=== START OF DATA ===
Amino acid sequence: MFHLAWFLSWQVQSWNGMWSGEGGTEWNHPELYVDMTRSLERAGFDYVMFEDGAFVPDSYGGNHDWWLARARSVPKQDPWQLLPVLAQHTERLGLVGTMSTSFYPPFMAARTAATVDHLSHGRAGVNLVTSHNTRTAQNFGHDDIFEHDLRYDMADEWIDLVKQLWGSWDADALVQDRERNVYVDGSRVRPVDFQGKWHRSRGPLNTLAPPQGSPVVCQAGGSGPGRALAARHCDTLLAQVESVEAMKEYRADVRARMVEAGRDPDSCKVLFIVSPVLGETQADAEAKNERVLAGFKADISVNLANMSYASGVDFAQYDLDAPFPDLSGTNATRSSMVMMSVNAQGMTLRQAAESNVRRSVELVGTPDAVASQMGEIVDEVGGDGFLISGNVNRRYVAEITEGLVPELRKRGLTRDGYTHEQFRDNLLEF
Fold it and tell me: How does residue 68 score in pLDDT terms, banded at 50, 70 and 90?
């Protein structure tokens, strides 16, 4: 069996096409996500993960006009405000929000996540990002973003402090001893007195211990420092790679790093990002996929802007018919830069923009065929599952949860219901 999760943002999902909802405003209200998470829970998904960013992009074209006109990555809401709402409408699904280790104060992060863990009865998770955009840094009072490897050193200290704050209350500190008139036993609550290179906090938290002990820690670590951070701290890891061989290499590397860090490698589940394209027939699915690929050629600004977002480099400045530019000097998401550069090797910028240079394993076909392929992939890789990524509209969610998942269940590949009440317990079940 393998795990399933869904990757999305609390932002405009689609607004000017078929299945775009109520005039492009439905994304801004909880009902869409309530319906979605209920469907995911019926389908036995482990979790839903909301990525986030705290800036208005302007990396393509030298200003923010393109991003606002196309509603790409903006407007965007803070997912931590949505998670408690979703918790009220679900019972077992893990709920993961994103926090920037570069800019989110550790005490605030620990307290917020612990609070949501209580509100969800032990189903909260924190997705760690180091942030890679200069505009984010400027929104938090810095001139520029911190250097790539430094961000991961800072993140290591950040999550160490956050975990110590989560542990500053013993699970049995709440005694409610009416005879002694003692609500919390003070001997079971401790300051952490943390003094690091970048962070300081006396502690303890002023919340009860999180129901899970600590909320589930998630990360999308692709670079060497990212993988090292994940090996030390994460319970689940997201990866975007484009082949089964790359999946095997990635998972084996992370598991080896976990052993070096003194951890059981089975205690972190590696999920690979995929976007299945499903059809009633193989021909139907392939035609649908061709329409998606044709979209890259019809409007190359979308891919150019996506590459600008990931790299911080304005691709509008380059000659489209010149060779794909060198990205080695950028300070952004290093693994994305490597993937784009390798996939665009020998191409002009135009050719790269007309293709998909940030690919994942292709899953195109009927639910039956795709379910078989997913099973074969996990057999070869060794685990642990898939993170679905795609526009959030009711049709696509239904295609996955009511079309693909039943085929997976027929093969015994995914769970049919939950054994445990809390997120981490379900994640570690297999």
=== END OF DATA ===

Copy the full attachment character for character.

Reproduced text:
Amino acid sequence: MFHLAWFLSWQVQSWNGMWSGEGGTEWNHPELYVDMTRSLERAGFDYVMFEDGAFVPDSYGGNHDWWLARARSVPKQDPWQLLPVLAQHTERLGLVGTMSTSFYPPFMAARTAATVDHLSHGRAGVNLVTSHNTRTAQNFGHDDIFEHDLRYDMADEWIDLVKQLWGSWDADALVQDRERNVYVDGSRVRPVDFQGKWHRSRGPLNTLAPPQGSPVVCQAGGSGPGRALAARHCDTLLAQVESVEAMKEYRADVRARMVEAGRDPDSCKVLFIVSPVLGETQADAEAKNERVLAGFKADISVNLANMSYASGVDFAQYDLDAPFPDLSGTNATRSSMVMMSVNAQGMTLRQAAESNVRRSVELVGTPDAVASQMGEIVDEVGGDGFLISGNVNRRYVAEITEGLVPELRKRGLTRDGYTHEQFRDNLLEF
Fold it and tell me: How does residue 68 score in pLDDT terms, banded at 50, 70 and 90?
């Protein structure tokens, strides 16, 4: 069996096409996500993960006009405000929000996540990002973003402090001893007195211990420092790679790093990002996929802007018919830069923009065929599952949860219901 999760943002999902909802405003209200998470829970998904960013992009074209006109990555809401709402409408699904280790104060992060863990009865998770955009840094009072490897050193200290704050209350500190008139036993609550290179906090938290002990820690670590951070701290890891061989290499590397860090490698589940394209027939699915690929050629600004977002480099400045530019000097998401550069090797910028240079394993076909392929992939890789990524509209969610998942269940590949009440317990079940 393998795990399933869904990757999305609390932002405009689609607004000017078929299945775009109520005039492009439905994304801004909880009902869409309530319906979605209920469907995911019926389908036995482990979790839903909301990525986030705290800036208005302007990396393509030298200003923010393109991003606002196309509603790409903006407007965007803070997912931590949505998670408690979703918790009220679900019972077992893990709920993961994103926090920037570069800019989110550790005490605030620990307290917020612990609070949501209580509100969800032990189903909260924190997705760690180091942030890679200069505009984010400027929104938090810095001139520029911190250097790539430094961000991961800072993140290591950040999550160490956050975990110590989560542990500053013993699970049995709440005694409610009416005879002694003692609500919390003070001997079971401790300051952490943390003094690091970048962070300081006396502690303890002023919340009860999180129901899970600590909320589930998630990360999308692709670079060497990212993988090292994940090996030390994460319970689940997201990866975007484009082949089964790359999946095997990635998972084996992370598991080896976990052993070096003194951890059981089975205690972190590696999920690979995929976007299945499903059809009633193989021909139907392939035609649908061709329409998606044709979209890259019809409007190359979308891919150019996506590459600008990931790299911080304005691709509008380059000659489209010149060779794909060198990205080695950028300070952004290093693994994305490597993937784009390798996939665009020998191409002009135009050719790269007309293709998909940030690919994942292709899953195109009927639910039956795709379910078989997913099973074969996990057999070869060794685990642990898939993170679905795609526009959030009711049709696509239904295609996955009511079309693909039943085929997976027929093969015994995914769970049919939950054994445990809390997120981490379900994640570690297999």